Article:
Judge blocks enforcement of NC law requiring truth in campaign ads.

The law prohibits any person from knowingly publishing or disseminating false information about a candidate with intent to harm the candidate’s chances in the election. This enabled an ongoing investigation into the Stein commercial, which focused on untested rap kits held by local law enforcement.

O’Neill’s campaign cited the ad law against Stein’s campaign committee in a September 2020 election board complaint. That led to interviews by board investigators, while the State Bureau of Investigation later spoke to Stein, his campaign staff and a woman in the ad. The plaintiffs called the law overbroad and outdated, saying it failed to protect basic political speech, making it a violation of the First Amendment.

In his order, the Eagles wrote that a temporary injunction was necessary because the plaintiffs and others could be subject to possible criminal prosecution for violating the overbroad criminal defamation statute before a more long-term injunction could be heard. was

The Eagles asked the legal parties to return as soon as possible on August 4 to provide reasons why the order should not be extended to a preliminary injunction.

Before the statute’s constitutionality is closely examined, “the balance of the equities favors the order’s First Amendment protection of the plaintiffs’ and other political candidates’ right to free speech,” he wrote Monday.

Outside attorneys representing the state board and WECDA — Stein’s office would otherwise defend the state law’s constitutionality — urged the Eagles to reject the campaign’s request to block the law’s implementation. In court filings, lawyers questioned why Stein’s campaign and other plaintiffs took so long to challenge the law.

“Plaintiffs now seek to interfere with a state grand jury’s work regarding potential violations of state criminal law that occurred nearly two years ago in 2020,” wrote Joe Zeszotarski, who represents Freeman. Although the Eagles have not issued a blanket ban on enforcing the law, which dates back to at least 1931, a lawyer for Stein’s campaign said he could find no legal record of it ever being enforced before.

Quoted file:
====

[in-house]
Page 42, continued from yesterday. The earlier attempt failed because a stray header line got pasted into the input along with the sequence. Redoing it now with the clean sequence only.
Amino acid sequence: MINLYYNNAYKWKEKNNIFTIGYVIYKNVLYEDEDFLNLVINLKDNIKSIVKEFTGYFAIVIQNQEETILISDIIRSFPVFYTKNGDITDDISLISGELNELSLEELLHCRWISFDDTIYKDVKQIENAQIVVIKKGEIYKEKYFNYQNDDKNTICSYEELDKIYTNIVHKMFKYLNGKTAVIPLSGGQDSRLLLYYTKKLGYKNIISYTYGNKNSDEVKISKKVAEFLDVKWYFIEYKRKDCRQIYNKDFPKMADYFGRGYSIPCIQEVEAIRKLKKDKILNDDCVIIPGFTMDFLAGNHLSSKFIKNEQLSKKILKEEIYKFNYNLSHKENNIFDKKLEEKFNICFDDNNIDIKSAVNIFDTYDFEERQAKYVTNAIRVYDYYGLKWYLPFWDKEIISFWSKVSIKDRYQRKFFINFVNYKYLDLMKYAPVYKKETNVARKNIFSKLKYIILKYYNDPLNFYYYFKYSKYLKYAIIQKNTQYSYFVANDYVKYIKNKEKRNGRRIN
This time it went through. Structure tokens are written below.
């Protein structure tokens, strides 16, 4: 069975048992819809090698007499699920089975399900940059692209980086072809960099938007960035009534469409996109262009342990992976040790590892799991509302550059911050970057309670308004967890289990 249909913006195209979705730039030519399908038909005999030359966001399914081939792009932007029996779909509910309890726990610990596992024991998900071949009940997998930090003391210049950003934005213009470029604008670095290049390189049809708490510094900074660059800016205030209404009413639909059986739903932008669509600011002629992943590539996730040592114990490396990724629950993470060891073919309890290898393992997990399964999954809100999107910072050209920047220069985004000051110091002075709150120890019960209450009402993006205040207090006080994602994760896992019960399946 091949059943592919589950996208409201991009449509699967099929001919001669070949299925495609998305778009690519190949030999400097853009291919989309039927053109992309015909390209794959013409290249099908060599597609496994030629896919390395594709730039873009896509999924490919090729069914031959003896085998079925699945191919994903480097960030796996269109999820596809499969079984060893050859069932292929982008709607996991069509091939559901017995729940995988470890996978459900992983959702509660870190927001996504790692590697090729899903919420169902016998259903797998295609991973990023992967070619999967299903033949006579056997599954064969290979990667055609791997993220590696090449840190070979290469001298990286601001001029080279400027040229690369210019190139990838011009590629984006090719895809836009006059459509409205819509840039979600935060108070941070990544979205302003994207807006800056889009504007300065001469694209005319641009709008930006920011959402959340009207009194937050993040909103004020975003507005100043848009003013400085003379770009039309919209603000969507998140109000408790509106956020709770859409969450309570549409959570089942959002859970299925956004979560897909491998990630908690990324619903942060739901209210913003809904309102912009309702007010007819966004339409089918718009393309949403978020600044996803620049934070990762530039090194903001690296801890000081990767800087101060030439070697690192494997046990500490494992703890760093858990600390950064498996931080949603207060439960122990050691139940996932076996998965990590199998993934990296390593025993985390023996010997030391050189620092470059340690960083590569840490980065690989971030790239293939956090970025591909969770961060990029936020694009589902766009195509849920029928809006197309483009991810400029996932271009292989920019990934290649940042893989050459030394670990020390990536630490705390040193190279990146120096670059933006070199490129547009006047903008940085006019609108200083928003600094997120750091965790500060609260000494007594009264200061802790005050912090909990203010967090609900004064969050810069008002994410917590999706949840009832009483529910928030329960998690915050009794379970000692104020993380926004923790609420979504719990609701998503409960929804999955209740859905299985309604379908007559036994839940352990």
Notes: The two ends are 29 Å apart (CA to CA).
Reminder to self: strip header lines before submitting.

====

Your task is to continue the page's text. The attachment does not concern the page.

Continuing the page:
Stein’s campaign, the consulting firm that produced the ad, and the woman in the ad wrote that they filed the lawsuit now because “enforcement action” by the Wake DA’s office “seems easy.” Didn’t explain it. The statute of limitations on corruption — punishable by up to 60 days in jail with a fine — is two years. Any charges in the case would be a political blow to Stein, the state’s top law enforcement officer and a potential 2024 gubernatorial candidate.

In a written statement, Stein’s campaign said it was pleased with Monday’s decision and “we look forward to resolving this issue once and for all as soon as possible.”

Freeman recused himself from the investigation, citing close working relationships with both Stein and O’Neill, leaving it to an assistant DA to lead the case. Freeman and the majority of election board members are Democrats.

The ad in question featured a woman who asserted that O’Neill had “left 1,500 rap kits sitting on the shelf” in Forsyth County. O’Neill said at the time that the ad was fake because police agencies, not prosecutors, are responsible for testing kits.

O’Neill said in an emailed statement late Monday that Stein had gone to court “to avoid possible criminal prosecution” and “so that politicians like himself routinely lie to the public without repercussion or punishment.” can.”

The lawsuit called the ad a “remedial political ad” designed to counter O’Neill’s false allegations that Stein had more than 15,000 untested rap kits during his time as attorney general. had failed to act.